It was a lovely group and we produced some stunning work, as well as learning some pretty handy techniques – including adzing, hurrah! I’m expecting my spooncarving to now speed up by roughly 182%

I also discovered a new tool which I found rather enjoyable-

A beautifully sharp chisel and some beautifully clean green lime wood results in one of the most pleasurable woodchip-making experiences I have ever had.

At the end of day three I’ve produced two bowls and a heck of a lot of blisters.

The first bowl was relatively simple, and primarily a learning experience. The second one was an attempt to copy a bowl which has lived in my kitchen for many years now, and I find very pleasing. A duck bowl. I’m very happy with both, and shall be going to bed tonight sore but satisfied!

Spooncarving at the Ideal Home Show

My dad’s not only a fantastic woodworker, he’s also the founder and chairman of the Heritage Craft’s Association. You might have heard of it. Due to this splendid family connection, over the Easter bank holiday weekend I had the pleasure of demonstrating on the HCA stand at the Ideal Homes Show in London. Two days of solid spooncarving!

As my first experience carving spoons under the watchful eye of the public, I learnt several things.

  1. The eye of the public seems to enjoy watching a pretty girly wielding a large axe.
  2. Wielding a large axe in a hot stuffy indoor environment is incredibly wearing.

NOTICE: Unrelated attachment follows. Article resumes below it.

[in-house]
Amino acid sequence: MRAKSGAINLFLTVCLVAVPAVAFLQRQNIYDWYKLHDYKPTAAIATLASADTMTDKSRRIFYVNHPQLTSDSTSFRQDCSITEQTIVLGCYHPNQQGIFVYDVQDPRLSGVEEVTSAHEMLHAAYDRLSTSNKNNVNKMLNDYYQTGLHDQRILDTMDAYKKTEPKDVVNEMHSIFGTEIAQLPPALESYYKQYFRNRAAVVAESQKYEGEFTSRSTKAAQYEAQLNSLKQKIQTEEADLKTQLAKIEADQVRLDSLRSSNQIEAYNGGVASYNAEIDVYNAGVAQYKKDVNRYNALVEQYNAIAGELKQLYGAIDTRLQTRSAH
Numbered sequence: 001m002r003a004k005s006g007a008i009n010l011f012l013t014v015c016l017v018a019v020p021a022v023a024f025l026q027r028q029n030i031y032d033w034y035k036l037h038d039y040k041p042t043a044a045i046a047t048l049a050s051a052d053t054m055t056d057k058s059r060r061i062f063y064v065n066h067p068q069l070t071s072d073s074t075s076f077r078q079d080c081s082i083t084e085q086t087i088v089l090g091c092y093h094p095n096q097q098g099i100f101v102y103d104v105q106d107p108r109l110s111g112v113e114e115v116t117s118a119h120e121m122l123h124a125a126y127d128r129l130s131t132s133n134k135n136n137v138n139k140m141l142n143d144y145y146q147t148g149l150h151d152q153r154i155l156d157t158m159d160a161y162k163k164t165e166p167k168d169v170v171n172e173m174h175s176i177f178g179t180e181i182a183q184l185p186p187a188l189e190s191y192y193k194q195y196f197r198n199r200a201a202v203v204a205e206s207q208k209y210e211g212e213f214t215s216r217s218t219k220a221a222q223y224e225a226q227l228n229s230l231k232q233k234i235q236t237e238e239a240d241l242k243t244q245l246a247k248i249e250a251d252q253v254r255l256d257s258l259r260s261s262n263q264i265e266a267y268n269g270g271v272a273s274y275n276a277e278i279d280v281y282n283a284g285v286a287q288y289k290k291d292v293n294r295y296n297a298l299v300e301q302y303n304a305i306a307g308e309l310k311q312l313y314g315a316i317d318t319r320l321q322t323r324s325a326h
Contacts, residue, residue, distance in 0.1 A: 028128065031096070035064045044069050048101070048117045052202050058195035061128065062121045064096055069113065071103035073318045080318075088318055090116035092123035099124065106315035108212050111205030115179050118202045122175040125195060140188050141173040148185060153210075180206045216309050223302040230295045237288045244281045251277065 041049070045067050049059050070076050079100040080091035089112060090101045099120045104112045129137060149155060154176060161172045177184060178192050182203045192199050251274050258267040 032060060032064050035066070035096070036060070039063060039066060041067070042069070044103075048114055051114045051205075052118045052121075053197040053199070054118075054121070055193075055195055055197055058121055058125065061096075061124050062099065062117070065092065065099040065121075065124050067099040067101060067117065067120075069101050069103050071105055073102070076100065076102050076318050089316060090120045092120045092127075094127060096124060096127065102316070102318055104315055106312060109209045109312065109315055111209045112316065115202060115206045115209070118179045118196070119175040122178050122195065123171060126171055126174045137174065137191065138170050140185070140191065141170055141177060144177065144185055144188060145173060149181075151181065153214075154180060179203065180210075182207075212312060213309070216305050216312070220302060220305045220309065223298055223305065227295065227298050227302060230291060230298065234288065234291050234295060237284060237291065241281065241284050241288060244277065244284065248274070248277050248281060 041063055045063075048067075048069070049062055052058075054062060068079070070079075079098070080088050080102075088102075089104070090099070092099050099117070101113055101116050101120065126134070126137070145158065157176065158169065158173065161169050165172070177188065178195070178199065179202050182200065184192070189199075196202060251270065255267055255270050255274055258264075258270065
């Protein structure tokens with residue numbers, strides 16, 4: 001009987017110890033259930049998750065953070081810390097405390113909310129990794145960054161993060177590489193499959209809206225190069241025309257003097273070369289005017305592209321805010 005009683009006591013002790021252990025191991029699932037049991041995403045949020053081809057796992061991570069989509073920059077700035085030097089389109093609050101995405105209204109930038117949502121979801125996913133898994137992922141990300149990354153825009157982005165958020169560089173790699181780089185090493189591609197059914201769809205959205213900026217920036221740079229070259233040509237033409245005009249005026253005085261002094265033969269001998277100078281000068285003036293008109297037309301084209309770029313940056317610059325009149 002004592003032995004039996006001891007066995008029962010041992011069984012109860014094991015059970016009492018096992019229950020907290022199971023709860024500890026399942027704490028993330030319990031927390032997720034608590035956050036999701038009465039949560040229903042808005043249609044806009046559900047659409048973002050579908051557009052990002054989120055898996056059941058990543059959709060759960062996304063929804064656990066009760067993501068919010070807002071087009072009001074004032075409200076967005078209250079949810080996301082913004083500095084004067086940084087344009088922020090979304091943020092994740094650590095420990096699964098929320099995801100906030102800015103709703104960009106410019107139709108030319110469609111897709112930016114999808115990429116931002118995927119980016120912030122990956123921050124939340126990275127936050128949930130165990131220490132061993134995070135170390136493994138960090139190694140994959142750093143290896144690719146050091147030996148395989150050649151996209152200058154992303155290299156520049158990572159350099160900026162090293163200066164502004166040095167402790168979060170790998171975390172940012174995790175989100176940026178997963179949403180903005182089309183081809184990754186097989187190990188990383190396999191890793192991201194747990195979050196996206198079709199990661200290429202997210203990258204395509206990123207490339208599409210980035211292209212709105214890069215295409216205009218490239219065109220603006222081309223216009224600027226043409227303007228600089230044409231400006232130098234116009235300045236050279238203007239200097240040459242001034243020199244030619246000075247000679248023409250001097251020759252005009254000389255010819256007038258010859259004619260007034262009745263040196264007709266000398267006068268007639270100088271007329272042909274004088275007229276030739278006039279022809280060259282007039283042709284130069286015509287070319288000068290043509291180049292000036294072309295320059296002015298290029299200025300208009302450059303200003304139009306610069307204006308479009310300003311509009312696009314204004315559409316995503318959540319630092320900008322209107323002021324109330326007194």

I’ve been working on developing an eating spoon carved from straight grain wood which I enjoy both making and eating with, and spending a couple of days just carving eating spoons was invaluable.

My weekend’s spoons. Some went exactly as planned, some were happy accidents, some were slightly less happy accidents, some aren’t quite finished yet, but all of them taught me something, and I’m finally starting to create some things that I truly like.

new year, new blog, new axe.

Welcome to the first post of my new blog!

It’s my birthday today, and my wonderful father got me an axe.

It’s sexy and shiny and wonderful and everything I could have ever asked for, and what surprised me the most was that I’d actually used it before…

It didn’t look like this when I used it though. No, it was an ugly piece of kit the like of which I wouldn’t be seen outside with. Originally it was a Bahco axe – you may have seen them before? They look like this –

It’s an ugly looking thing, right? Costing around only £15 it’s what you expect, really. The thing is, it actually works remarkably well (once sharpened – it comes blunt as anything). While not as nicely balanced as a Gransfors Bruks carving axe, the cutting edge is almost as long, and it weighs considerably less.
As a friend said on facebook –

Nothing says,”I love you,” more than a well balanced axe as a gift. Better than diamonds any day.

I’m inclined to agree.

I look forward to spending much more time with this beautiful tool making many more spoons to share with you.